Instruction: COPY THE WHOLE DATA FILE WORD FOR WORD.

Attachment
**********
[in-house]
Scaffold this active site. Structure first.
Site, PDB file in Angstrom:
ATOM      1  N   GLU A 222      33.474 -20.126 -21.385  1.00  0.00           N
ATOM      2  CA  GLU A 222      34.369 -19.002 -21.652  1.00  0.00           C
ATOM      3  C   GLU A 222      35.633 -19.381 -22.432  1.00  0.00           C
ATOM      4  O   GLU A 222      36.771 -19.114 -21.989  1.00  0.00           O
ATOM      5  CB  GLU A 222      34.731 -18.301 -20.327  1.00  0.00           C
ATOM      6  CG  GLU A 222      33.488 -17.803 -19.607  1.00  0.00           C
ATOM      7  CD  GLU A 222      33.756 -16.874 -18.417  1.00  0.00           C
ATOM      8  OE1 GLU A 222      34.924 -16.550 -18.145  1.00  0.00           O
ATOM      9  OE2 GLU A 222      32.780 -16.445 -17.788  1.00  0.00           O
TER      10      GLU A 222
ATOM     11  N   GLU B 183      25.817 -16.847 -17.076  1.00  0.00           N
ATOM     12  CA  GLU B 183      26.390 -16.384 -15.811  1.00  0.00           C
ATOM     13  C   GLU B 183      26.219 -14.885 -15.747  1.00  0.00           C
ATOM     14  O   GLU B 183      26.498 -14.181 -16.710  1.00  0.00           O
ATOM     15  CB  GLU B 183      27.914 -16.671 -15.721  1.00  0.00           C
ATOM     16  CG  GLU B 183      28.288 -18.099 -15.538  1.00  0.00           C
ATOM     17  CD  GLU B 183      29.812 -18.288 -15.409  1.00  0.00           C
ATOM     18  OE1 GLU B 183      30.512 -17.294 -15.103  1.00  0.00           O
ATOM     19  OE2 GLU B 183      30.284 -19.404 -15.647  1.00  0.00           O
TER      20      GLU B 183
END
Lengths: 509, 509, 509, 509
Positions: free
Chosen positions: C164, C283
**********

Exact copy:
[in-house]
Scaffold this active site. Structure first.
Site, PDB file in Angstrom:
ATOM      1  N   GLU A 222      33.474 -20.126 -21.385  1.00  0.00           N
ATOM      2  CA  GLU A 222      34.369 -19.002 -21.652  1.00  0.00           C
ATOM      3  C   GLU A 222      35.633 -19.381 -22.432  1.00  0.00           C
ATOM      4  O   GLU A 222      36.771 -19.114 -21.989  1.00  0.00           O
ATOM      5  CB  GLU A 222      34.731 -18.301 -20.327  1.00  0.00           C
ATOM      6  CG  GLU A 222      33.488 -17.803 -19.607  1.00  0.00           C
ATOM      7  CD  GLU A 222      33.756 -16.874 -18.417  1.00  0.00           C
ATOM      8  OE1 GLU A 222      34.924 -16.550 -18.145  1.00  0.00           O
ATOM      9  OE2 GLU A 222      32.780 -16.445 -17.788  1.00  0.00           O
TER      10      GLU A 222
ATOM     11  N   GLU B 183      25.817 -16.847 -17.076  1.00  0.00           N
ATOM     12  CA  GLU B 183      26.390 -16.384 -15.811  1.00  0.00           C
ATOM     13  C   GLU B 183      26.219 -14.885 -15.747  1.00  0.00           C
ATOM     14  O   GLU B 183      26.498 -14.181 -16.710  1.00  0.00           O
ATOM     15  CB  GLU B 183      27.914 -16.671 -15.721  1.00  0.00           C
ATOM     16  CG  GLU B 183      28.288 -18.099 -15.538  1.00  0.00           C
ATOM     17  CD  GLU B 183      29.812 -18.288 -15.409  1.00  0.00           C
ATOM     18  OE1 GLU B 183      30.512 -17.294 -15.103  1.00  0.00           O
ATOM     19  OE2 GLU B 183      30.284 -19.404 -15.647  1.00  0.00           O
TER      20      GLU B 183
END
Lengths: 509, 509, 509, 509
Positions: free
Chosen positions: C164, C283